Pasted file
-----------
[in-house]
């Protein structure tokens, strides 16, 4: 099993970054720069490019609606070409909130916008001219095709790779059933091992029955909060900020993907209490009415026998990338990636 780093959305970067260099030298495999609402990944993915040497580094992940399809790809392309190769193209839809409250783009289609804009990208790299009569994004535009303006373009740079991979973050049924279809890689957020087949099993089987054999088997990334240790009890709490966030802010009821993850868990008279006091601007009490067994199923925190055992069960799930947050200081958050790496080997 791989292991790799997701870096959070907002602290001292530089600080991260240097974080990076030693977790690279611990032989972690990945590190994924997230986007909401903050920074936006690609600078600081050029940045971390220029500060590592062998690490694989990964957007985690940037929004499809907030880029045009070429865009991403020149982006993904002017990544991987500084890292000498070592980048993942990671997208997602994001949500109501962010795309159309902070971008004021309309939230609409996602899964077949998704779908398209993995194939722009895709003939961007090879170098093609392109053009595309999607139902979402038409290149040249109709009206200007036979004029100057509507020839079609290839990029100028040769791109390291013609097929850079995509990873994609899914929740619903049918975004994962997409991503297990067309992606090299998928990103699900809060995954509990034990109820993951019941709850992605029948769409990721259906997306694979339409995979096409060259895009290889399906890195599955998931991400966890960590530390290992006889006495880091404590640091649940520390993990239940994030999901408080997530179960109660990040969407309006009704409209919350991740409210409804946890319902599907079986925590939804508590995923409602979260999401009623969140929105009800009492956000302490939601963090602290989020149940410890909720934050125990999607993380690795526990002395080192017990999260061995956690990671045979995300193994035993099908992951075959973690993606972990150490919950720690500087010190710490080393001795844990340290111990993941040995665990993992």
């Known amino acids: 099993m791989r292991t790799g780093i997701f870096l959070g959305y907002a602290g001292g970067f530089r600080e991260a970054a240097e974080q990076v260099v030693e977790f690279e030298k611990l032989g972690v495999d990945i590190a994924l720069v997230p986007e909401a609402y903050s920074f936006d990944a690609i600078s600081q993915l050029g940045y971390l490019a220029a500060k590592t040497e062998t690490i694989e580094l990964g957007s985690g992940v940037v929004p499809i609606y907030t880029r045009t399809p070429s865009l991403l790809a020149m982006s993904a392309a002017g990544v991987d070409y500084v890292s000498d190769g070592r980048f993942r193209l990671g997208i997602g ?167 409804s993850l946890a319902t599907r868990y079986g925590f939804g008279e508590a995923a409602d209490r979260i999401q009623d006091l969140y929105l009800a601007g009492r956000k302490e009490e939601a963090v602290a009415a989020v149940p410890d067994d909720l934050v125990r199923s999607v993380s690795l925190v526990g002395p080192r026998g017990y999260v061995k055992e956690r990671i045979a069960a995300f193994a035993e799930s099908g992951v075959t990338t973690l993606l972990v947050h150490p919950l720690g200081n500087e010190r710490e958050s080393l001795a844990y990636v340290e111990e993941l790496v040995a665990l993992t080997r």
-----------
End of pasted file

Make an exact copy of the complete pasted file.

[in-house]
């Protein structure tokens, strides 16, 4: 099993970054720069490019609606070409909130916008001219095709790779059933091992029955909060900020993907209490009415026998990338990636 780093959305970067260099030298495999609402990944993915040497580094992940399809790809392309190769193209839809409250783009289609804009990208790299009569994004535009303006373009740079991979973050049924279809890689957020087949099993089987054999088997990334240790009890709490966030802010009821993850868990008279006091601007009490067994199923925190055992069960799930947050200081958050790496080997 791989292991790799997701870096959070907002602290001292530089600080991260240097974080990076030693977790690279611990032989972690990945590190994924997230986007909401903050920074936006690609600078600081050029940045971390220029500060590592062998690490694989990964957007985690940037929004499809907030880029045009070429865009991403020149982006993904002017990544991987500084890292000498070592980048993942990671997208997602994001949500109501962010795309159309902070971008004021309309939230609409996602899964077949998704779908398209993995194939722009895709003939961007090879170098093609392109053009595309999607139902979402038409290149040249109709009206200007036979004029100057509507020839079609290839990029100028040769791109390291013609097929850079995509990873994609899914929740619903049918975004994962997409991503297990067309992606090299998928990103699900809060995954509990034990109820993951019941709850992605029948769409990721259906997306694979339409995979096409060259895009290889399906890195599955998931991400966890960590530390290992006889006495880091404590640091649940520390993990239940994030999901408080997530179960109660990040969407309006009704409209919350991740409210409804946890319902599907079986925590939804508590995923409602979260999401009623969140929105009800009492956000302490939601963090602290989020149940410890909720934050125990999607993380690795526990002395080192017990999260061995956690990671045979995300193994035993099908992951075959973690993606972990150490919950720690500087010190710490080393001795844990340290111990993941040995665990993992």
């Known amino acids: 099993m791989r292991t790799g780093i997701f870096l959070g959305y907002a602290g001292g970067f530089r600080e991260a970054a240097e974080q990076v260099v030693e977790f690279e030298k611990l032989g972690v495999d990945i590190a994924l720069v997230p986007e909401a609402y903050s920074f936006d990944a690609i600078s600081q993915l050029g940045y971390l490019a220029a500060k590592t040497e062998t690490i694989e580094l990964g957007s985690g992940v940037v929004p499809i609606y907030t880029r045009t399809p070429s865009l991403l790809a020149m982006s993904a392309a002017g990544v991987d070409y500084v890292s000498d190769g070592r980048f993942r193209l990671g997208i997602g ?167 409804s993850l946890a319902t599907r868990y079986g925590f939804g008279e508590a995923a409602d209490r979260i999401q009623d006091l969140y929105l009800a601007g009492r956000k302490e009490e939601a963090v602290a009415a989020v149940p410890d067994d909720l934050v125990r199923s999607v993380s690795l925190v526990g002395p080192r026998g017990y999260v061995k055992e956690r990671i045979a069960a995300f193994a035993e799930s099908g992951v075959t990338t973690l993606l972990v947050h150490p919950l720690g200081n500087e010190r710490e958050s080393l001795a844990y990636v340290e111990e993941l790496v040995a665990l993992t080997r």